Myles Hildyard[21] was also an historian and writer, and for 40 years served as President of The Thoroton Society, the leading Nottinghamshire history organisation named in honour of Dr. Robert Thoroton, author of the first history of the county, The Antiquities of Nottinghamshire, published in 1677, and the brother of Hildyard's ancestor Thomas Thoroton.[22][23] Myles Hildyard himself wrote detailed histories of the Thoroton and Hildyard families, as well as a history of Flintham village. In 1975 he was elected a Fellow of the Society of Antiquaries. But Hildyard's greatest literary accomplishment were the wartime letters and the diary he wrote during the Second World War, when he served as Captain in Nottinghamshire Yeomanry (Sherwood Rangers). Hildyard was captured by the Germans during their airborne invasion, but he eventually escaped from the prisoner-of-war camp where he was being held. His letters home as well as the diary he kept during his escape were collected into a book published by Bloomsbury in 2005 entitled It is Bliss Here: Letters Home, 1939–1945.[24] For his wartime exploits, Capt. Hildyard was appointed a Member of the Order of the British Empire.[25]

Hildyard also served as Deputy Lieutenant and Justice of the Peace for Nottinghamshire. He was Lord of the Manor of Flintham and of Screveton, and patron of the living of Flintham. Hildyard was a barrister of Lincoln's Inn but chose not to practice law.

Aside from his efforts as writer, historian and architectural restorer, Myles Hildyard became known in the community for his good fellowship. "Flintham was, for the years Myles Hildyard was its guardian," noted The Independent in its recent obituary, "a most remarkable place to visit. Not just because of the beauty and richness of its physical surroundings, but also because he himself was so remarkable a person. 'He was, in a way,' writes Antony Beevor,[26] 'the local equivalent of Nancy Mitford's Lord Merlin.' At Flintham he encouraged and received a stream of visitors young and old, who brought lively conversation, stimulation and enjoyment to a house which, when his father inherited, had been a rather forbidding and lifeless place."[27]

Myles Hildyard never married, and his two brothers predeceased him. He was the eldest son of Judge Gerard Moresby Thoroton Hildyard, QC of Flintham Hall and his wife, the former Sybil Hamilton Hoare of Stourton, Wiltshire, and the grandson of General Sir Henry John Thoroton Hildyard, who was active in the Second Boer War.[28] The Thoroton Society of Nottinghamshire, the county's foremost historical organisation, of which Myles Hildyard was longserving president, recently staged its first Myles Thoroton Annual Lecture Series, for which Thoroton had left a bequest in his will.[29] Myles Hildyard was buried 24 August 2005, at St. Augustine's Church in Flintham, where many of his ancestors lay.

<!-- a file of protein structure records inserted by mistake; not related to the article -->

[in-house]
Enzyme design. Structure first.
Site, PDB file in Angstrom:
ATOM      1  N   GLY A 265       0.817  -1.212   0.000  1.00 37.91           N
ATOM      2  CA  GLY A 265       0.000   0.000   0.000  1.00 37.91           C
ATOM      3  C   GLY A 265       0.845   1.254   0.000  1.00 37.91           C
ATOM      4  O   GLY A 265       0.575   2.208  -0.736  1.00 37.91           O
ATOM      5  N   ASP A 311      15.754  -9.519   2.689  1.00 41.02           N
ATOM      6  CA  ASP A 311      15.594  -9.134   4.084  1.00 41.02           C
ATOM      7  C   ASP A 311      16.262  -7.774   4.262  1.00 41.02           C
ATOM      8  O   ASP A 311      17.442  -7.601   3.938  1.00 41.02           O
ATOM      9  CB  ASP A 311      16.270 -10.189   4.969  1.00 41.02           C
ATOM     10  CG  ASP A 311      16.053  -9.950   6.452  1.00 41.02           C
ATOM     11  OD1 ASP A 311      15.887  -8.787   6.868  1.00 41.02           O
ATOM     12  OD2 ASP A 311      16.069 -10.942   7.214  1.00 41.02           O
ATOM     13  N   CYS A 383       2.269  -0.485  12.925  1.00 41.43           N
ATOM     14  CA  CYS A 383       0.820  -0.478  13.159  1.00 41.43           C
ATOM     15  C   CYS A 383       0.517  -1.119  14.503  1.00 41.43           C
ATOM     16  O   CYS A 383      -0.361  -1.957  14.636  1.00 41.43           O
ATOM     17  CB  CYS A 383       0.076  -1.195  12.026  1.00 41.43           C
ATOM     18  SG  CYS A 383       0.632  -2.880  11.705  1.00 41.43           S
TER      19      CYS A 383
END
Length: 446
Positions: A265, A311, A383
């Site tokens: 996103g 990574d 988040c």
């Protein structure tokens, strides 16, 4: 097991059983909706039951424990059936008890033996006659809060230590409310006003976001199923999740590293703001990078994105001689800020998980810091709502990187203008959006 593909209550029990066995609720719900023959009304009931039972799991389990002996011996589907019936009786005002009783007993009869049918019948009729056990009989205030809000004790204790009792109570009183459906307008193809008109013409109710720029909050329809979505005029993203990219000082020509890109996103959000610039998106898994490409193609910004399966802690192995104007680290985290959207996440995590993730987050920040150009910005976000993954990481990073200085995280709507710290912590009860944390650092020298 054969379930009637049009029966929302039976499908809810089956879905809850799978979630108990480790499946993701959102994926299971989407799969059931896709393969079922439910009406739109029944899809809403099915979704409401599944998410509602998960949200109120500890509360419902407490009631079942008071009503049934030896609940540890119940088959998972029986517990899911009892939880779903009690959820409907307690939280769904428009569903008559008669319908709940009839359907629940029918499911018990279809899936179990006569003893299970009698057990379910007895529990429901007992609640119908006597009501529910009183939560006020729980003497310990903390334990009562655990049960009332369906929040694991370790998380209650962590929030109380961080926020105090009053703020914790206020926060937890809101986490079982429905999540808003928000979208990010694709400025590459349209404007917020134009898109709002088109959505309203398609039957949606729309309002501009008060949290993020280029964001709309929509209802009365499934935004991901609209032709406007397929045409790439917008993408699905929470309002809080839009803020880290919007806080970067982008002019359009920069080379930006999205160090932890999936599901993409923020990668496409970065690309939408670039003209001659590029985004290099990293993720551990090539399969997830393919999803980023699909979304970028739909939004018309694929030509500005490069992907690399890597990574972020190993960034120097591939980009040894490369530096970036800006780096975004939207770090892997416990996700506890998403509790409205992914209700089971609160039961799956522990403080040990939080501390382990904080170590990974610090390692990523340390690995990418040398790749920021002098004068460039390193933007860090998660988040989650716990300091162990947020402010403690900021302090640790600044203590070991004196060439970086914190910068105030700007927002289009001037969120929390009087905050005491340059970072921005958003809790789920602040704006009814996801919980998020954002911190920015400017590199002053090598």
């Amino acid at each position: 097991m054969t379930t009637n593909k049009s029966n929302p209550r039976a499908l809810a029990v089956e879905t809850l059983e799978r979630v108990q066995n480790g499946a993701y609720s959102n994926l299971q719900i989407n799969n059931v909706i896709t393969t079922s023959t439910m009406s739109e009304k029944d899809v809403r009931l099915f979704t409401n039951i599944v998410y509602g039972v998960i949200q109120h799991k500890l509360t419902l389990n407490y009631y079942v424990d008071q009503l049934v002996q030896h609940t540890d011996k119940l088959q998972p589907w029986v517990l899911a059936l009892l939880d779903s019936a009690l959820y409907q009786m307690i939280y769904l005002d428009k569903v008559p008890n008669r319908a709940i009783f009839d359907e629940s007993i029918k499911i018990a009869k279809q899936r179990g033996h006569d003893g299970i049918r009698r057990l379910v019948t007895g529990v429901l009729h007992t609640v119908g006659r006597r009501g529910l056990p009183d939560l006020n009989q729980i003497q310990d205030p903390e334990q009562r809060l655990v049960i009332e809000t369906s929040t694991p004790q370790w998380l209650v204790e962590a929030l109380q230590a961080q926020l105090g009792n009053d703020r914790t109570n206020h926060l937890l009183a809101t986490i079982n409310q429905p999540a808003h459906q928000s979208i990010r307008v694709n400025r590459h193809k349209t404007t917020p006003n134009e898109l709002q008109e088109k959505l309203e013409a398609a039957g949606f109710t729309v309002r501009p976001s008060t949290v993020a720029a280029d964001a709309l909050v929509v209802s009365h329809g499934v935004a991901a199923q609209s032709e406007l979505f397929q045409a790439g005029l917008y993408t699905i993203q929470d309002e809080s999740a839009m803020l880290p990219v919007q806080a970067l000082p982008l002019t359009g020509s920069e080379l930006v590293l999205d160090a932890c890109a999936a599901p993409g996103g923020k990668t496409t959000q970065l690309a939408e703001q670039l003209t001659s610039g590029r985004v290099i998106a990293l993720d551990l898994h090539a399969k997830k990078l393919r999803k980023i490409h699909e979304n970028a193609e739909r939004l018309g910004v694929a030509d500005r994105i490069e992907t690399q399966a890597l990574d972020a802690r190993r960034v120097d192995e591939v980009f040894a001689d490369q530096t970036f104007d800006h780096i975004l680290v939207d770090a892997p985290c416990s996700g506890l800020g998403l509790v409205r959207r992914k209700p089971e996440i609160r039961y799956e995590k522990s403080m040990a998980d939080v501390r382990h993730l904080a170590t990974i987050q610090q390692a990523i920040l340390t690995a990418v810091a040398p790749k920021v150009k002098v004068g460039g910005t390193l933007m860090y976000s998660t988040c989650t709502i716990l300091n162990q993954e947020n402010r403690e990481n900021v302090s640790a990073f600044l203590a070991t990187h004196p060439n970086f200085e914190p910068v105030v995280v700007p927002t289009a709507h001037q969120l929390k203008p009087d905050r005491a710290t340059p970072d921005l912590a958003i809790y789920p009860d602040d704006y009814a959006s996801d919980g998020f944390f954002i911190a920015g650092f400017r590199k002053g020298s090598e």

Flintham Hall[edit]

Flintham Hall

Flintham Hall is a grade I listed country house which stands in the Flintham estate on the western edge of Flintham village. It was built in 1798 on the site of an earlier house bought from the Disney family in 1789. It was extended in 1820–30 by the architect Lewis Wyatt for Col. T. Thoroton and again remodelled between 1853 and 1859 by George Thomas Hine for Thomas Blackborne Thoroton Hildyard. It is built in two and three storeys, 11 bays wide and 3 bays deep with an attached glassed Victorian conservatory. The conservatory, influenced by London's Crystal Palace, is the finest of its type left in England.[30][31]

The Thoroton Hildyard family continues to reside at the Hall.[32][33] Flintham Hall, now the home of Myles's nephew Sir Robert Hildyard and his wife Lucy, was recently the chief location for filming "Easy Virtue," a movie based on the Noël Coward play.[34] It was also used in the filming of the movie starring Jim Broadbent and Colin Firth, directed by Anand Tucker, And When Did You Last See Your Father?.

A windmill stood in Broad Marsh field from 1779 to 1847 (grid reference SK742462).[35]

Plough Boy's play[edit]

Flintham is one of the twenty or so places in Nottinghamshire where Maurice Barley[36] found evidence that the traditional English folk play, called the Plough Boy's Play, was performed. The play only consisted of 151 lines of text and involves seven characters. It was last performed in 1925 in Flintham.[37]

Flintham Football Club[edit]

Football club founded in 1969, currently playing in Newark Alliance Division 3.

Notes[edit]

  1. ^ "The Flintham Museum Collection". Flintham-museum.org.uk. 16 October 2013. 
  2. ^ FLINTHAM, Flintham: St Augustine of Canterbury Church – Nottinghamshire | Diocese of Southwell & Nottingham
  3. ^ The Disneys who formerly held Flintham were related to the Hildyard family of Yorkshire.[1]
  4. ^ White's Directory of Nottinghamshire 1853